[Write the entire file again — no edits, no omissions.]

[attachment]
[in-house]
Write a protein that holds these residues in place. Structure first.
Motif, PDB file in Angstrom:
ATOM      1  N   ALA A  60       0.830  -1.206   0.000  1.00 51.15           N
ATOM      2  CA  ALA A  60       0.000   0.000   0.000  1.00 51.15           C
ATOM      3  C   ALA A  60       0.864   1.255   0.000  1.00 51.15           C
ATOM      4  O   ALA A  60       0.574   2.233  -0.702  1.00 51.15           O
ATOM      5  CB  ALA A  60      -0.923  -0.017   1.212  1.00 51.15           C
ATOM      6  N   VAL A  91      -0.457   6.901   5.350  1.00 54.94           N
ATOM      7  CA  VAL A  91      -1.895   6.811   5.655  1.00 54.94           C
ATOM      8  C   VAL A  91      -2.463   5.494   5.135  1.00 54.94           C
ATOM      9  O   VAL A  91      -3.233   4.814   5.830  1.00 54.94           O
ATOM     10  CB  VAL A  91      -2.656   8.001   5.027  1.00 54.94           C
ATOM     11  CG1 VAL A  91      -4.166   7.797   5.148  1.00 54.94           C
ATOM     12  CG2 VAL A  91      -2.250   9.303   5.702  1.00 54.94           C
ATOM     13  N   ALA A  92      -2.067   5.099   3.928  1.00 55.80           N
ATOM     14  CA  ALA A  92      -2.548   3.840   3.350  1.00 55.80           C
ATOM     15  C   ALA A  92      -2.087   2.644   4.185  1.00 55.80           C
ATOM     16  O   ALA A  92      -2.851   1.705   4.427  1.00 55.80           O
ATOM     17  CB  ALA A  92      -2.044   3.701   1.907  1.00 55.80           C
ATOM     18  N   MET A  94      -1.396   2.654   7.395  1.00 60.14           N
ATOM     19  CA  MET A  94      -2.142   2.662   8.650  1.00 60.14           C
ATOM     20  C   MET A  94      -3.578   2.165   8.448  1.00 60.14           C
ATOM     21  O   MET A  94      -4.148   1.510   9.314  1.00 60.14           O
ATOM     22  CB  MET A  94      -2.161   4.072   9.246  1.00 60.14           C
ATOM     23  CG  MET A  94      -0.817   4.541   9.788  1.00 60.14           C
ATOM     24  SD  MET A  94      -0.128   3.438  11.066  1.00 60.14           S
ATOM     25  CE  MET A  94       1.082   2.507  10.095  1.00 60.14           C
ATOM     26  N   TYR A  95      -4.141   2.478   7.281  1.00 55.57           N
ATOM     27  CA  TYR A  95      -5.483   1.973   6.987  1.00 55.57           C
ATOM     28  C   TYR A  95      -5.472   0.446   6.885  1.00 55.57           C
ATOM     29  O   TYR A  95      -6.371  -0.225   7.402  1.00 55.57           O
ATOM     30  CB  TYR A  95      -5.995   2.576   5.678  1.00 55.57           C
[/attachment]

[in-house]
Write a protein that holds these residues in place. Structure first.
Motif, PDB file in Angstrom:
ATOM      1  N   ALA A  60       0.830  -1.206   0.000  1.00 51.15           N
ATOM      2  CA  ALA A  60       0.000   0.000   0.000  1.00 51.15           C
ATOM      3  C   ALA A  60       0.864   1.255   0.000  1.00 51.15           C
ATOM      4  O   ALA A  60       0.574   2.233  -0.702  1.00 51.15           O
ATOM      5  CB  ALA A  60      -0.923  -0.017   1.212  1.00 51.15           C
ATOM      6  N   VAL A  91      -0.457   6.901   5.350  1.00 54.94           N
ATOM      7  CA  VAL A  91      -1.895   6.811   5.655  1.00 54.94           C
ATOM      8  C   VAL A  91      -2.463   5.494   5.135  1.00 54.94           C
ATOM      9  O   VAL A  91      -3.233   4.814   5.830  1.00 54.94           O
ATOM     10  CB  VAL A  91      -2.656   8.001   5.027  1.00 54.94           C
ATOM     11  CG1 VAL A  91      -4.166   7.797   5.148  1.00 54.94           C
ATOM     12  CG2 VAL A  91      -2.250   9.303   5.702  1.00 54.94           C
ATOM     13  N   ALA A  92      -2.067   5.099   3.928  1.00 55.80           N
ATOM     14  CA  ALA A  92      -2.548   3.840   3.350  1.00 55.80           C
ATOM     15  C   ALA A  92      -2.087   2.644   4.185  1.00 55.80           C
ATOM     16  O   ALA A  92      -2.851   1.705   4.427  1.00 55.80           O
ATOM     17  CB  ALA A  92      -2.044   3.701   1.907  1.00 55.80           C
ATOM     18  N   MET A  94      -1.396   2.654   7.395  1.00 60.14           N
ATOM     19  CA  MET A  94      -2.142   2.662   8.650  1.00 60.14           C
ATOM     20  C   MET A  94      -3.578   2.165   8.448  1.00 60.14           C
ATOM     21  O   MET A  94      -4.148   1.510   9.314  1.00 60.14           O
ATOM     22  CB  MET A  94      -2.161   4.072   9.246  1.00 60.14           C
ATOM     23  CG  MET A  94      -0.817   4.541   9.788  1.00 60.14           C
ATOM     24  SD  MET A  94      -0.128   3.438  11.066  1.00 60.14           S
ATOM     25  CE  MET A  94       1.082   2.507  10.095  1.00 60.14           C
ATOM     26  N   TYR A  95      -4.141   2.478   7.281  1.00 55.57           N
ATOM     27  CA  TYR A  95      -5.483   1.973   6.987  1.00 55.57           C
ATOM     28  C   TYR A  95      -5.472   0.446   6.885  1.00 55.57           C
ATOM     29  O   TYR A  95      -6.371  -0.225   7.402  1.00 55.57           O
ATOM     30  CB  TYR A  95      -5.995   2.576   5.678  1.00 55.57           C